RECOVERING THE GOOD PARTS

I was talking with a coworker earlier today about this whole whacky buying a bed situation.

“You know, children have a tendency to train our eyes to see the world in a different way,” he said. I couldn’t agree more.

The more I hang out with my kids, the more I’m convinced they know a few things that I don’t, or that I’ve forgotten. Somehow we grow up and lose our sense of imagination, excitement, and wonder. Somewhere along the line we adults “grew up” and got burned from helping someone. So we just sort of quit.

guitar BW pic

Lincoln learning a few chords…

But when we hang out with our kids, the side-effect is that we start crawling around and playing flashlight hide-and-go-seek again. We buy stuffed rabbit puppets and watch cartoons and buy ridiculous pink outfits. And the same is true with helping people. There is some sweet spot with a kid’s age- somewhere between them crying all the time and them getting sent to the principal’s office- where every kid has uniquely sweet moments. I’m convinced that I need to recover some of that.

So that’s why I’m doing my best trying to keep up with the documentation. My son is inevitably going to look back at the things he’s done in his life. When he looks back on this moment, I hope he can see himself as a kind person who does kind things. There are a lot of things Melissa and I wish for our kids. But if this moment became a self-fulfilling prophecy for Lincoln, we’d be the proudest parents alive.

The Scriptures use the word “Father” to describe God an awful lot. I have a friend who has a hard time making sense of that, because her father is so disinterested in her. Lincoln & Harper’s definition of the word “father” is going to be shaped largely by my actions. That’s a lot to live up to. It makes me really aware and anxious about my failures as a dad. But it also inspires me to try and reflect the kindness of God through my actions. I Hope that when my kids hear “God is like a father,” they’ll sort of get it.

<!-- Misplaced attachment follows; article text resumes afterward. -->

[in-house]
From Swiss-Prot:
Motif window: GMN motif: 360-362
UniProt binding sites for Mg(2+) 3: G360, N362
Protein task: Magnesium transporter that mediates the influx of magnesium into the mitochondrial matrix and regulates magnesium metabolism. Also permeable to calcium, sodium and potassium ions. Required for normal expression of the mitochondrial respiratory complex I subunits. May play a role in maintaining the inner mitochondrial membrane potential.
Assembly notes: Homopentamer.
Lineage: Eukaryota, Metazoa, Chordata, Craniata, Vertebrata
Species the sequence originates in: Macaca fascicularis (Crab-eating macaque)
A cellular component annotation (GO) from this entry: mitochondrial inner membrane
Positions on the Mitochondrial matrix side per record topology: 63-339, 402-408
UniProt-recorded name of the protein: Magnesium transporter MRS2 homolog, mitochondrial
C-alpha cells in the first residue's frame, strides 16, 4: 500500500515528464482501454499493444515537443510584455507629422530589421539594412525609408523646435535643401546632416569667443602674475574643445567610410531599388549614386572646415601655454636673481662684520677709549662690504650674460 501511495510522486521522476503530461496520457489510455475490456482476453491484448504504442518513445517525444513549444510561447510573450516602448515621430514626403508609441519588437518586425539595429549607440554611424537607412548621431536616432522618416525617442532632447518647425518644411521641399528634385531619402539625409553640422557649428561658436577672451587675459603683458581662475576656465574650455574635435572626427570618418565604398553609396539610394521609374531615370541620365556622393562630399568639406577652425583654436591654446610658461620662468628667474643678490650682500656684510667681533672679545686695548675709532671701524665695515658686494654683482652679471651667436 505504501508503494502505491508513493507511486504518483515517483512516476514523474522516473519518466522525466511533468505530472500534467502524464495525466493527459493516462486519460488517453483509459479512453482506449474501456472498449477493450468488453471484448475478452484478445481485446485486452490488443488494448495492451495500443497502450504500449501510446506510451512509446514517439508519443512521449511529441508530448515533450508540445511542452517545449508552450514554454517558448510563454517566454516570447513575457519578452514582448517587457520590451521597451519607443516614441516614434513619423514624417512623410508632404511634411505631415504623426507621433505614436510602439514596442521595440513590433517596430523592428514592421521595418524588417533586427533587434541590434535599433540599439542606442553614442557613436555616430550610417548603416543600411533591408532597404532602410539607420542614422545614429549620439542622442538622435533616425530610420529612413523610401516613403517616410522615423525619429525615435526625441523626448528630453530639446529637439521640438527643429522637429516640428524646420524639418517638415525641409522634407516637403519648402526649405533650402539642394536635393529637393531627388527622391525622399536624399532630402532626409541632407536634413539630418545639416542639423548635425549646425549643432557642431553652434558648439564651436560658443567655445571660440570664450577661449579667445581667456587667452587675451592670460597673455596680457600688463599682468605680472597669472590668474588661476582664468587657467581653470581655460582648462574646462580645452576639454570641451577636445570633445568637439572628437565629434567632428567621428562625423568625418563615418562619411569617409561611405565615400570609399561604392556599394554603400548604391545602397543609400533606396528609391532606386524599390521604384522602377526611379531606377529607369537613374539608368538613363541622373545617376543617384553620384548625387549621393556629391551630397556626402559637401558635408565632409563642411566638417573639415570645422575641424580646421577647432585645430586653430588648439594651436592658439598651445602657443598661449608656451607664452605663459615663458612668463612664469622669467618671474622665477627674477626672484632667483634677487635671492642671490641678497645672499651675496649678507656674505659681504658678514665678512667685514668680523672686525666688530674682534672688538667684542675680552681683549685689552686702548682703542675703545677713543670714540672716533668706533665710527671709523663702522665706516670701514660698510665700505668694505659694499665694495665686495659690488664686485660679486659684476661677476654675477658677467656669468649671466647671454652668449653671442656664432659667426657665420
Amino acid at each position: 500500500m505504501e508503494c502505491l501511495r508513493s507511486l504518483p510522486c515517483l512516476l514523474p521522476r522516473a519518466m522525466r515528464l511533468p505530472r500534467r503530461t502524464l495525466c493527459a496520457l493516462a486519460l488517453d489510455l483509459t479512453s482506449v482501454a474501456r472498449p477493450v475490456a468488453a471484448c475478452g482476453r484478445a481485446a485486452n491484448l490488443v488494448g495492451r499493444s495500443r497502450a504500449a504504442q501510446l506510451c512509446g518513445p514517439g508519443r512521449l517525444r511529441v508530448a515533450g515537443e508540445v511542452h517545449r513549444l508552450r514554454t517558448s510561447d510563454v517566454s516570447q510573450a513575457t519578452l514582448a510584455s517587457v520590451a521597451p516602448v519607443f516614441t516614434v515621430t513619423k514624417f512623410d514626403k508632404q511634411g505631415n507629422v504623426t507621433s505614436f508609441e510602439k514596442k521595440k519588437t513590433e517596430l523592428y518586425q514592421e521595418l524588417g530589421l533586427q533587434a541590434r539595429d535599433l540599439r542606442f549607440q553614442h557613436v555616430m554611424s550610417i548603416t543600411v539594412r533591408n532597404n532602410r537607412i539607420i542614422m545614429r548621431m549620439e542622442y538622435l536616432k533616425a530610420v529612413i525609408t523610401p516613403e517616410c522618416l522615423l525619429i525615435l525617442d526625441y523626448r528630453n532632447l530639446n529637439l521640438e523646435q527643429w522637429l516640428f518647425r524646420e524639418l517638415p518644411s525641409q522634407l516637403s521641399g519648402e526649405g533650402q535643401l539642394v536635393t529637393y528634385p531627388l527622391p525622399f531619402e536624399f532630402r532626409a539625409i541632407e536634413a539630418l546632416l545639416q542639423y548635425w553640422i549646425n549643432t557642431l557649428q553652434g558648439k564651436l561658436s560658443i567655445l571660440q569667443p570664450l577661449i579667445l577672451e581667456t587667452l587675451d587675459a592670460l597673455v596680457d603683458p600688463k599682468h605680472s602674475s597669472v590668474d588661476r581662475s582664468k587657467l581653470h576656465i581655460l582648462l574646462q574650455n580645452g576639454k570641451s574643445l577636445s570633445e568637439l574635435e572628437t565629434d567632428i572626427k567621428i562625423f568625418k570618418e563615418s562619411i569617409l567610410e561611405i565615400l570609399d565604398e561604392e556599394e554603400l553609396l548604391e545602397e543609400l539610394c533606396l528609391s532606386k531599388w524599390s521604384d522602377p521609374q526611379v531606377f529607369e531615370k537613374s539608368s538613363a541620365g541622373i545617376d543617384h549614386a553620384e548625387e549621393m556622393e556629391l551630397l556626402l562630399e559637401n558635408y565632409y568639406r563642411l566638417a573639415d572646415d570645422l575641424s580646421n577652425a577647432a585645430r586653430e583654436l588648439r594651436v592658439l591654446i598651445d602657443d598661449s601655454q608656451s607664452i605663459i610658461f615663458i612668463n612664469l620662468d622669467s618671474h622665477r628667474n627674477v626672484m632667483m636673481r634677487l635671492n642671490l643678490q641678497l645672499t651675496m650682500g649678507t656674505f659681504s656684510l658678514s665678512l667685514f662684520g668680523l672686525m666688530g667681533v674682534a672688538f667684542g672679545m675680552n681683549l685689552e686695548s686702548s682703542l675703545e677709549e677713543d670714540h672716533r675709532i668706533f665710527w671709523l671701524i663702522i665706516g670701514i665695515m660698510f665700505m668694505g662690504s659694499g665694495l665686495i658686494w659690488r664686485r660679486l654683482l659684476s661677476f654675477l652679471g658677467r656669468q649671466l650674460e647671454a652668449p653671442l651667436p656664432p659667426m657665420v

The other reason this particular event is important to me is that I made a promise. I shook a hand. Even if that hand was a three year-old’s who would likely forget the next day, I feel like I should try my best to make good on it. I’ve broken small promises to my son before. One time I said I’d play trains with him on Saturday morning. But I’d stayed up so late Friday night that I just wanted to sleep in and let him veg-out in front of cartoons. I shudder to think that Lincoln’s trust in me is wearing thin when I do stuff like that.

Melissa and I made a resolution to become more responsible and dependable this year. Here’s to making good on that resolution…

Parents, I’d love to hear your thoughts on this. The older my kids get the more I realize how much my actions affects them. A wise man once said, “It’s easier to build strong boys than repair broken men.” Any advice on how to do that well is appreciated!

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